Lured by false prom­ises, some spend their en­tire fam­ily’s sav­ings, sell fam­ily land, or bor­row from banks and loan sharks to make the amount.

Samin and Farid both paid Tk260,000 (RM13,800). Bi­plop paid Tk300,000 (RM16,000), and Karim paid Tk350,000 (RM18,600).

We did the math, and af­ter de­duct­ing ad­min­is­tra­tive fees, the agents and col­leges will nor­mally split around RM13,000 per stu­dent. That means to­gether, they would have over a mil­lion ring­git in rev­enue if they get around 80 stu­dents. In the past three years, over 40,000 Bangladeshi stu­dents came to Malaysia. Now you do the math.

It’s a trap

The cheat­ing con­tin­ues the mo­ment they land in Malaysia, when a Malaysia-based agent takes over. Stu­dents rely on this agent, be­cause they have lit­tle choice – they don’t know how pub­lic trans­porta­tion works, they have few friends if any to turn to, and they have a lim­ited com­mand of English.

At the air­port, where Im­mi­gra­tion of­fi­cers are un­der in­struc­tions to de­tain Bangladeshi stu­dents un­til col­lege rep­re­sen­ta­tives ar­rive to re­ceive them, agents of­ten ex­tort them for a lit­tle ex­tra.

“I waited there for two days,” Farid said. The agent wanted him to pay RM200 for an “air­port pickup”, but Farid re­fused on prin­ci­ple, ar­gu­ing that it wasn’t part of the ini­tial agree­ment. At the end of two days with no food or wa­ter pro­vided, he re­lented.

More cheat­ing fol­lowed. The agent took his pass­port to ap­ply for a stu­dent visa. All in­ter­na­tional stu­dents, hav­ing been ac­cepted by a lo­cal col­lege, ar­rive in Malaysia on short-term visas. Af­ter they ar­rive, stu­dents need to sub­mit their pass­ports, aca­demic records and a med­i­cal re­port to their col­leges, which will ap­ply for a stu­dent visa on their be­half.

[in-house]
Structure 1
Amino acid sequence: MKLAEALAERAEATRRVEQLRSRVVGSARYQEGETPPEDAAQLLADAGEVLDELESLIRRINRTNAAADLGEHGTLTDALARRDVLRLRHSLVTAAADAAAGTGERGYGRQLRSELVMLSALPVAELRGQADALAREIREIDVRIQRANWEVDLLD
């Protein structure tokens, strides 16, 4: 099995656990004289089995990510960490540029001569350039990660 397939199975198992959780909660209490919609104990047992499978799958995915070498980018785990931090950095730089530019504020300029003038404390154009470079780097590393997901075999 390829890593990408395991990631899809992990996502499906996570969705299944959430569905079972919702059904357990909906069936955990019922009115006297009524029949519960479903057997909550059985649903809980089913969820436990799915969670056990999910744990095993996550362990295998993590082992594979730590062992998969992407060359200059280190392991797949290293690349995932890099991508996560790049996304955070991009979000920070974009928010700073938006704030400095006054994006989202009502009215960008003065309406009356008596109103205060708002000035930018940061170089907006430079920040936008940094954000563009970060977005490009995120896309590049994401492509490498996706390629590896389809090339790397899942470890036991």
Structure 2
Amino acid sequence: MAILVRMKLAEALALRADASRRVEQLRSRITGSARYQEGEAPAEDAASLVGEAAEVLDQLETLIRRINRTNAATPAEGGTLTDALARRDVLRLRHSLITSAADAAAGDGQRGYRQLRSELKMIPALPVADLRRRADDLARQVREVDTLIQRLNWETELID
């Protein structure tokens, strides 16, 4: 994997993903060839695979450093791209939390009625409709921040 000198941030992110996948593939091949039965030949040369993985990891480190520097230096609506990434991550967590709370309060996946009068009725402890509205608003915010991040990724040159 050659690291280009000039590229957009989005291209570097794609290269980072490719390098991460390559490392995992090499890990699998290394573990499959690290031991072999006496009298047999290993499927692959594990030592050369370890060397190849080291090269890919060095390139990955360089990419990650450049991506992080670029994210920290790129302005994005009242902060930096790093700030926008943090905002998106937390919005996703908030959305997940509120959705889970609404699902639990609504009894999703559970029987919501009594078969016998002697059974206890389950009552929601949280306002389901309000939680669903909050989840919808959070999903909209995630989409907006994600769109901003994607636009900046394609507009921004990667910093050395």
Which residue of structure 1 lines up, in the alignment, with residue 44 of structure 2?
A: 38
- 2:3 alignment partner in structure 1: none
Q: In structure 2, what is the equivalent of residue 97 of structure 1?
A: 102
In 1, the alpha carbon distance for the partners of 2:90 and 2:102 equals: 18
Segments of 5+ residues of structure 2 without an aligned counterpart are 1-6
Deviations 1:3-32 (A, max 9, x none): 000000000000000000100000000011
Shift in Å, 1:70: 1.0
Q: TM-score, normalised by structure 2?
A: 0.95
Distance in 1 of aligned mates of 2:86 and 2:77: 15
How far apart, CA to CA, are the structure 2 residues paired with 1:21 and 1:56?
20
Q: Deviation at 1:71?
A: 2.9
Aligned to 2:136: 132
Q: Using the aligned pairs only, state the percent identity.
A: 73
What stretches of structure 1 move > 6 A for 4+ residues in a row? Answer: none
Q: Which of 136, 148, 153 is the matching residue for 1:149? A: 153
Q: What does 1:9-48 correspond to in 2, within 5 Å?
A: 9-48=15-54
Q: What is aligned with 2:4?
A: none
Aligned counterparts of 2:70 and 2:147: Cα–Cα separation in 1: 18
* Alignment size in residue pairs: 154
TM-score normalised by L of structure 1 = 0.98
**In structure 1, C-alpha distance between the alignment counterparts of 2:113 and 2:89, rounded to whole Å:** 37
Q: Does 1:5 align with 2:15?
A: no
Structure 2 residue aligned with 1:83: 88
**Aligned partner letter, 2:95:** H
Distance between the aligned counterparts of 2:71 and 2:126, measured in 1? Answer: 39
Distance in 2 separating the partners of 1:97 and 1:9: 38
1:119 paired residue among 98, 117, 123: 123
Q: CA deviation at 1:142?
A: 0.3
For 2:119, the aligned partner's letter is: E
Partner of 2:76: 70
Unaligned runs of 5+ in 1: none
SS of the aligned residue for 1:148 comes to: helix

But Farid’s agent re­fused to re­turn his pass­port un­til he paid an ad­di­tional RM650.

The lies never end, while the agents prof­i­teer off the stu­dents at ev­ery op­por­tu­nity, all the while know­ing that the stu­dents will never re­ceive the univer­sity de­gree they dream of.

And that’s be­fore the worst ex­ploita­tion even be­gins.

Meet­ing a stu­dent traf­ficker

To meet a col­lege agent, R.AGE went un­der­cover as man­agers of a gar­ment re­cy­cling fac­tory look­ing to smug­gle in mi­grant labour from Bangladesh.

“I’ve brought in 8,000 stu­dents from Bangladesh since 2013,” one agent proudly told us. He claimed to rep­re­sent a well-known col­lege op­er­at­ing from a mall in the heart of Kuala Lumpur.

Through fur­ther un­der­cover work, we ver­i­fied that he in­deed works from an of­fice within the col­lege, and staff mem­bers re­fer to him for mat­ters re­lated to in­ter­na­tional stu­dents.

He tells us that 98% of the stu­dents are here as cheap labour, not to study. The agent con­tin­ues to sell his ser­vices by telling us that class at­ten­dance can be faked for “a few hun­dred ring­git” to avoid prob­lems with the Im­mi­gra­tion De­part­ment.

“Ev­ery in­sti­tute that gets the Home Min­istry li­cence (to en­rol for­eign stu­dents), is look­ing for money,” the agent re­vealed. “The only place to earn money is through Bangladeshi stu­dents – bring in 200, 300 stu­dents, dis­trib­ute them, your money come back al­ready (sic). This is the way (the col­leges) do it.”